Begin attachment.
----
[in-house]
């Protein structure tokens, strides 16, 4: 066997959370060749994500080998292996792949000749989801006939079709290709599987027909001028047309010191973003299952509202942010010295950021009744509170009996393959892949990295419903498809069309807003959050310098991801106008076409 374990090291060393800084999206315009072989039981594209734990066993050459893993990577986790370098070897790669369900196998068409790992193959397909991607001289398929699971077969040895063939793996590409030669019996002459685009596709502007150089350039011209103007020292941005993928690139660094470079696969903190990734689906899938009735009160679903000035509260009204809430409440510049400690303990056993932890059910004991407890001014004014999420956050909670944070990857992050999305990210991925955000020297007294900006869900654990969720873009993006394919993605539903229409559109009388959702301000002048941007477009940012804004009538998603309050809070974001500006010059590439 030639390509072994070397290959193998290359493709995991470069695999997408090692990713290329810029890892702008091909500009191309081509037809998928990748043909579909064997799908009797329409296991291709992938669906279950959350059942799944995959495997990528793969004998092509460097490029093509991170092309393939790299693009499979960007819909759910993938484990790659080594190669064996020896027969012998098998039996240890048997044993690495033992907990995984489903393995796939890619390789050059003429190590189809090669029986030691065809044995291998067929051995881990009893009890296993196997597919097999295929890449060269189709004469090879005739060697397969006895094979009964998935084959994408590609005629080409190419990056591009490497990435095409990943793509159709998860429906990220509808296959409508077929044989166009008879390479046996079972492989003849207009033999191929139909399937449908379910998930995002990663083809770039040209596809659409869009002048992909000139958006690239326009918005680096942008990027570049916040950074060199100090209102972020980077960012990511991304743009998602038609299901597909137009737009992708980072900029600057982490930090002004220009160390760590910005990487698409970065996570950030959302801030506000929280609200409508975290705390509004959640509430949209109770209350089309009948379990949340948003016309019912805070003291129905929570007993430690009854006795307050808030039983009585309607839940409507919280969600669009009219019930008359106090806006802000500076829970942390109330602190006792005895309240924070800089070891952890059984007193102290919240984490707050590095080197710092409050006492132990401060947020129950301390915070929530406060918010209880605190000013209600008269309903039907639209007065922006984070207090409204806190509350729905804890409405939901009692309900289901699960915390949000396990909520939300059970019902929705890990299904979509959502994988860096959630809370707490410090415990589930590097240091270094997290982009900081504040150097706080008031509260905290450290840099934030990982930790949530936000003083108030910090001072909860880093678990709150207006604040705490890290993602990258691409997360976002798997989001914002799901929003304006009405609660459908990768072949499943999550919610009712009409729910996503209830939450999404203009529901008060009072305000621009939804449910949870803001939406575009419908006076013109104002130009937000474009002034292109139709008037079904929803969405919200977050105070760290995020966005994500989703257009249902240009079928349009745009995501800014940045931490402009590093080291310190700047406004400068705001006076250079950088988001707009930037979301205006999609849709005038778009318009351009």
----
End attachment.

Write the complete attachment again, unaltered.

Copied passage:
[in-house]
């Protein structure tokens, strides 16, 4: 066997959370060749994500080998292996792949000749989801006939079709290709599987027909001028047309010191973003299952509202942010010295950021009744509170009996393959892949990295419903498809069309807003959050310098991801106008076409 374990090291060393800084999206315009072989039981594209734990066993050459893993990577986790370098070897790669369900196998068409790992193959397909991607001289398929699971077969040895063939793996590409030669019996002459685009596709502007150089350039011209103007020292941005993928690139660094470079696969903190990734689906899938009735009160679903000035509260009204809430409440510049400690303990056993932890059910004991407890001014004014999420956050909670944070990857992050999305990210991925955000020297007294900006869900654990969720873009993006394919993605539903229409559109009388959702301000002048941007477009940012804004009538998603309050809070974001500006010059590439 030639390509072994070397290959193998290359493709995991470069695999997408090692990713290329810029890892702008091909500009191309081509037809998928990748043909579909064997799908009797329409296991291709992938669906279950959350059942799944995959495997990528793969004998092509460097490029093509991170092309393939790299693009499979960007819909759910993938484990790659080594190669064996020896027969012998098998039996240890048997044993690495033992907990995984489903393995796939890619390789050059003429190590189809090669029986030691065809044995291998067929051995881990009893009890296993196997597919097999295929890449060269189709004469090879005739060697397969006895094979009964998935084959994408590609005629080409190419990056591009490497990435095409990943793509159709998860429906990220509808296959409508077929044989166009008879390479046996079972492989003849207009033999191929139909399937449908379910998930995002990663083809770039040209596809659409869009002048992909000139958006690239326009918005680096942008990027570049916040950074060199100090209102972020980077960012990511991304743009998602038609299901597909137009737009992708980072900029600057982490930090002004220009160390760590910005990487698409970065996570950030959302801030506000929280609200409508975290705390509004959640509430949209109770209350089309009948379990949340948003016309019912805070003291129905929570007993430690009854006795307050808030039983009585309607839940409507919280969600669009009219019930008359106090806006802000500076829970942390109330602190006792005895309240924070800089070891952890059984007193102290919240984490707050590095080197710092409050006492132990401060947020129950301390915070929530406060918010209880605190000013209600008269309903039907639209007065922006984070207090409204806190509350729905804890409405939901009692309900289901699960915390949000396990909520939300059970019902929705890990299904979509959502994988860096959630809370707490410090415990589930590097240091270094997290982009900081504040150097706080008031509260905290450290840099934030990982930790949530936000003083108030910090001072909860880093678990709150207006604040705490890290993602990258691409997360976002798997989001914002799901929003304006009405609660459908990768072949499943999550919610009712009409729910996503209830939450999404203009529901008060009072305000621009939804449910949870803001939406575009419908006076013109104002130009937000474009002034292109139709008037079904929803969405919200977050105070760290995020966005994500989703257009249902240009079928349009745009995501800014940045931490402009590093080291310190700047406004400068705001006076250079950088988001707009930037979301205006999609849709005038778009318009351009």